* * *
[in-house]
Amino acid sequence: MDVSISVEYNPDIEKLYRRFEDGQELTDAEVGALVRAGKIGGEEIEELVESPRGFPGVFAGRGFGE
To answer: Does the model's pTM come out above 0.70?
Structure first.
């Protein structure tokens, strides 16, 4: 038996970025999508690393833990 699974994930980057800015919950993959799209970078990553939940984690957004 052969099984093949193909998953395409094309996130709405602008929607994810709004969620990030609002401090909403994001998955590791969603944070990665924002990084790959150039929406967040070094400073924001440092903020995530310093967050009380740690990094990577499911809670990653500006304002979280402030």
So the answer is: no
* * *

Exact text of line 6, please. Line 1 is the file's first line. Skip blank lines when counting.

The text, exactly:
So the answer is: no